GeoLog

Early Career Scientists

Gender equality and equal opportunities – keep the discussion going!

Gender equality and equal opportunities – keep the discussion going!

Why do I feel uncomfortable as the only woman in a meeting? Why do they gossip about the male postdoc who is supervising three female MSc students? Have I really been asked to give this presentation just because I am a woman? It was thanks to all the work and reading I was doing for our study about gender inequality in the geosciences that I realised it is not ok I have to ask myself these questions.

In early 2018, it was my colleague and friend Andrea who came up with the idea to conduct an online survey about how geoscientists perceive gender stereotypes and inequality in their work environment. This was initially planned as a contribution to a session at the EGU General Assembly 2018. But once we realised how much this topic resonated in our community, we decided to aim for a publication in a scientific journal. ‘We’ are five early career hydrologists: Andrea Popp, Tim van Emmerik, Sina Khatami, Wouter Knoben and myself. None of us had prior experience conducting and analysing surveys, so we had to learn on the fly how to ask unambiguous questions and give the right number of possible answers. In just one month, more than 1200 people had participated in the online survey and we worked hard over the summer to analyse the results and write a story around them.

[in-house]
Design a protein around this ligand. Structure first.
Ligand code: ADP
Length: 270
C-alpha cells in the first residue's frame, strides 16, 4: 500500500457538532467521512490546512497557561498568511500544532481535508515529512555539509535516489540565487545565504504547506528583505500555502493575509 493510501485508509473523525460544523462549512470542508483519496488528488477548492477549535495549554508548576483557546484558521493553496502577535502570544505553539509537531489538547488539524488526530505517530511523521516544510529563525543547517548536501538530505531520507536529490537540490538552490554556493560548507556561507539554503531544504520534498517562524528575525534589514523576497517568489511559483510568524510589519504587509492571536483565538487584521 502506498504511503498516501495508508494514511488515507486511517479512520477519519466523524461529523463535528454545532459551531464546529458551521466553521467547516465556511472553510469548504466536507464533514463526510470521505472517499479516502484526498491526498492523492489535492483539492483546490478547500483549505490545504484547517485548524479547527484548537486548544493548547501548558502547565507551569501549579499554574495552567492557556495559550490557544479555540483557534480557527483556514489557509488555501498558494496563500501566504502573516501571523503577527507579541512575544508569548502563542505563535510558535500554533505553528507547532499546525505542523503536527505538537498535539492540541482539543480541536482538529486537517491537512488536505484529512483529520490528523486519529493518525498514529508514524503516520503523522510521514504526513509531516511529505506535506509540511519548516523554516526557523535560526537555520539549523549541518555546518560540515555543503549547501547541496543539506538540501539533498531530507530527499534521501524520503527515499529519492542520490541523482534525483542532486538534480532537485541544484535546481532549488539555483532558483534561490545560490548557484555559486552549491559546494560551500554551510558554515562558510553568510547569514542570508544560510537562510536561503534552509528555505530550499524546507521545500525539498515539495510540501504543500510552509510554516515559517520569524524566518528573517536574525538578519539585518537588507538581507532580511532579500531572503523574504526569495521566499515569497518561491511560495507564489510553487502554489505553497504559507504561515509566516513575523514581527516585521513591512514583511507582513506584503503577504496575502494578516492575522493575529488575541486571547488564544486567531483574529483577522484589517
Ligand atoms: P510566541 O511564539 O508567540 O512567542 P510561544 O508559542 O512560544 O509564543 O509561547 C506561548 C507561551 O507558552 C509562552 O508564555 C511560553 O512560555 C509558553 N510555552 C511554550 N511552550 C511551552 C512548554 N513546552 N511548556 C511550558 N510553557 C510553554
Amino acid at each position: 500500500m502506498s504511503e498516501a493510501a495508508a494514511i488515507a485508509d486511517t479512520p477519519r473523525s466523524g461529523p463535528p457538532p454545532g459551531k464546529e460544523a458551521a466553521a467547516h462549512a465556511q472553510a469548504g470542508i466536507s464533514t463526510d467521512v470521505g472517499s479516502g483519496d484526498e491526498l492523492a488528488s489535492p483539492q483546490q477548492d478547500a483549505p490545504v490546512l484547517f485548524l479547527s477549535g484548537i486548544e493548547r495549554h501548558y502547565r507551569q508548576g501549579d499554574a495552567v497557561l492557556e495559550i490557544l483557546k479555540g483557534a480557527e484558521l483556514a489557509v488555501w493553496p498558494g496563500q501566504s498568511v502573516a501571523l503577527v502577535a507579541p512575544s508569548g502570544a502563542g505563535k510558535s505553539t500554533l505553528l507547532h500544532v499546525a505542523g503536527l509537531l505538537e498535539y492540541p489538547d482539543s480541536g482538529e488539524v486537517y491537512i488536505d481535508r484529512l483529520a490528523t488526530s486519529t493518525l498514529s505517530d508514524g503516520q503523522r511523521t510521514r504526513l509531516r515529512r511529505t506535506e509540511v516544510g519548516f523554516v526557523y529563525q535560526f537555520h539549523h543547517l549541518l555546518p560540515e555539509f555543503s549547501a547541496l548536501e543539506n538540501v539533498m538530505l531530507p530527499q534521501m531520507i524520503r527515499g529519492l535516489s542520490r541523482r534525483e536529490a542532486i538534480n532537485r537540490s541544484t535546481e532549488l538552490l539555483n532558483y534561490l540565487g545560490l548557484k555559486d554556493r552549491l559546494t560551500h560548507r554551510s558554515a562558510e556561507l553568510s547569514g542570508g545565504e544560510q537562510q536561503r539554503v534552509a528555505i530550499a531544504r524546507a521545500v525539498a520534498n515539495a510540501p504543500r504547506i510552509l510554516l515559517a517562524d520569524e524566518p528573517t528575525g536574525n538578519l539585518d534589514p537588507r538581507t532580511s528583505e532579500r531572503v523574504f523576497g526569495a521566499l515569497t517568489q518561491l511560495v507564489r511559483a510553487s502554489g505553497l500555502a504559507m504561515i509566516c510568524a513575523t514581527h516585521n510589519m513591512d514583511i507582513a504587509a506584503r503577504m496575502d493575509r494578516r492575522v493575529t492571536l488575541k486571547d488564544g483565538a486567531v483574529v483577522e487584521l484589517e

One and a half years later – after struggling with rejections from several geoscience journals – our study was finally accepted for publication in Earth and Space Science. We are happy to be able to contribute to the current conversation on this topic, which has been receiving more attention online (such as the Nature Geosciences Editorial “Of rocks and social justice” and a blog post from the EGU Hydrological Sciences division blog by Bettina Schaefli from the University of Bern.

The bottom line of our study is that we have serious problems with gender bias and inequality in our scientific community, and that these problems are not generally recognised in our community. Most strikingly, more than a quarter of the female respondents reported experiences with negative gender bias at their workplace (compared to under 10% of their male colleagues; see figure below).

Experiences with bias in scientific organizations among female vs. male respondents. Credit: Popp, A. L., Lutz, S. R., Khatami, S.,van Emmerik, T., & Knoben,W. J. M. (2019).

The respondents generally considered male geoscientists as more gender-biased than female geoscientists, and this became particularly obvious at the level of female professors, nearly half of whom perceive their male colleagues as gender-biased. Among the male respondents, however, it’s the postdocs who seem to feel most affected by negative gender biases. One explanation for this might be that some male postdocs expect disadvantages from policies that support early-career female scientists who might compete with them for the same positions.